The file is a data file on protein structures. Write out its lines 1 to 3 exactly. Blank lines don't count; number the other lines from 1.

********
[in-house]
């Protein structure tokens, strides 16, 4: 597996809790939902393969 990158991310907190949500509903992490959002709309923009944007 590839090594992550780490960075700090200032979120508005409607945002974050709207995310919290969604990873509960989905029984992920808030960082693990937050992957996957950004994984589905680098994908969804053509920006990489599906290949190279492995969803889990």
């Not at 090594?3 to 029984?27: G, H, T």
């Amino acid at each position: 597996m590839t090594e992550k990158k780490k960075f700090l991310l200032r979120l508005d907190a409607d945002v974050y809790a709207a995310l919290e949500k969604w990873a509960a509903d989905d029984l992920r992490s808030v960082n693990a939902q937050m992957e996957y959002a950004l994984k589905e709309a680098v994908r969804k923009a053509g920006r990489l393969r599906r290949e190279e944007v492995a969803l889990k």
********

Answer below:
[in-house]
């Protein structure tokens, strides 16, 4: 597996809790939902393969 990158991310907190949500509903992490959002709309923009944007 590839090594992550780490960075700090200032979120508005409607945002974050709207995310919290969604990873509960989905029984992920808030960082693990937050992957996957950004994984589905680098994908969804053509920006990489599906290949190279492995969803889990």
């Not at 090594?3 to 029984?27: G, H, T």